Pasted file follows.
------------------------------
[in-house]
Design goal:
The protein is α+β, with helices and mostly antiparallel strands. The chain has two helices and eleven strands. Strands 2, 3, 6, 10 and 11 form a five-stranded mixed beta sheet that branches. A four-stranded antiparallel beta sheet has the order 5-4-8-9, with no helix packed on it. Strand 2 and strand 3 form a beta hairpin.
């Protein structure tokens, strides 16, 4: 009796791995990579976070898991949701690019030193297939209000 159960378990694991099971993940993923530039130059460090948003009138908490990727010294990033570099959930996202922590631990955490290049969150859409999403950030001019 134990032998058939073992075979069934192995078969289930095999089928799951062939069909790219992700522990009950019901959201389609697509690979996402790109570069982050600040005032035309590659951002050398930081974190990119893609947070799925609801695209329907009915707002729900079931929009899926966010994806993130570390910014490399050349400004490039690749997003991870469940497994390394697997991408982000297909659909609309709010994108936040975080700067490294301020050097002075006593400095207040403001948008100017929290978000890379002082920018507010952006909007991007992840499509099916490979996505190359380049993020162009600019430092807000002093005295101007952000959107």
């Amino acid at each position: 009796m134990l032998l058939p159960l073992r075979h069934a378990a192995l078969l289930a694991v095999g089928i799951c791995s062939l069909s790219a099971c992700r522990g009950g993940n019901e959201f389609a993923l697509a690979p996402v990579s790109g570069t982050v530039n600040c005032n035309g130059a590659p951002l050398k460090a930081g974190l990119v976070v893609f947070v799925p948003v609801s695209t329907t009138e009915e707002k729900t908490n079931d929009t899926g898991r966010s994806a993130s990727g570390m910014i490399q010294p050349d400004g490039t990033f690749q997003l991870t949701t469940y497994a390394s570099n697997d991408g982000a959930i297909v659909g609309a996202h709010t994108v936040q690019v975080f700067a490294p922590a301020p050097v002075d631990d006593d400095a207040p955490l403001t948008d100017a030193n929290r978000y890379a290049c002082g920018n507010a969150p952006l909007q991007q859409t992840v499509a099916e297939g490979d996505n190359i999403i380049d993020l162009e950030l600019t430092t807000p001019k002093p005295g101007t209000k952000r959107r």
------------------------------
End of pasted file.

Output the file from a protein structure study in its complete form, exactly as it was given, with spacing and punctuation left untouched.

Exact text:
[in-house]
Design goal:
The protein is α+β, with helices and mostly antiparallel strands. The chain has two helices and eleven strands. Strands 2, 3, 6, 10 and 11 form a five-stranded mixed beta sheet that branches. A four-stranded antiparallel beta sheet has the order 5-4-8-9, with no helix packed on it. Strand 2 and strand 3 form a beta hairpin.
């Protein structure tokens, strides 16, 4: 009796791995990579976070898991949701690019030193297939209000 159960378990694991099971993940993923530039130059460090948003009138908490990727010294990033570099959930996202922590631990955490290049969150859409999403950030001019 134990032998058939073992075979069934192995078969289930095999089928799951062939069909790219992700522990009950019901959201389609697509690979996402790109570069982050600040005032035309590659951002050398930081974190990119893609947070799925609801695209329907009915707002729900079931929009899926966010994806993130570390910014490399050349400004490039690749997003991870469940497994390394697997991408982000297909659909609309709010994108936040975080700067490294301020050097002075006593400095207040403001948008100017929290978000890379002082920018507010952006909007991007992840499509099916490979996505190359380049993020162009600019430092807000002093005295101007952000959107």
């Amino acid at each position: 009796m134990l032998l058939p159960l073992r075979h069934a378990a192995l078969l289930a694991v095999g089928i799951c791995s062939l069909s790219a099971c992700r522990g009950g993940n019901e959201f389609a993923l697509a690979p996402v990579s790109g570069t982050v530039n600040c005032n035309g130059a590659p951002l050398k460090a930081g974190l990119v976070v893609f947070v799925p948003v609801s695209t329907t009138e009915e707002k729900t908490n079931d929009t899926g898991r966010s994806a993130s990727g570390m910014i490399q010294p050349d400004g490039t990033f690749q997003l991870t949701t469940y497994a390394s570099n697997d991408g982000a959930i297909v659909g609309a996202h709010t994108v936040q690019v975080f700067a490294p922590a301020p050097v002075d631990d006593d400095a207040p955490l403001t948008d100017a030193n929290r978000y890379a290049c002082g920018n507010a969150p952006l909007q991007q859409t992840v499509a099916e297939g490979d996505n190359i999403i380049d993020l162009e950030l600019t430092t807000p001019k002093p005295g101007t209000k952000r959107r």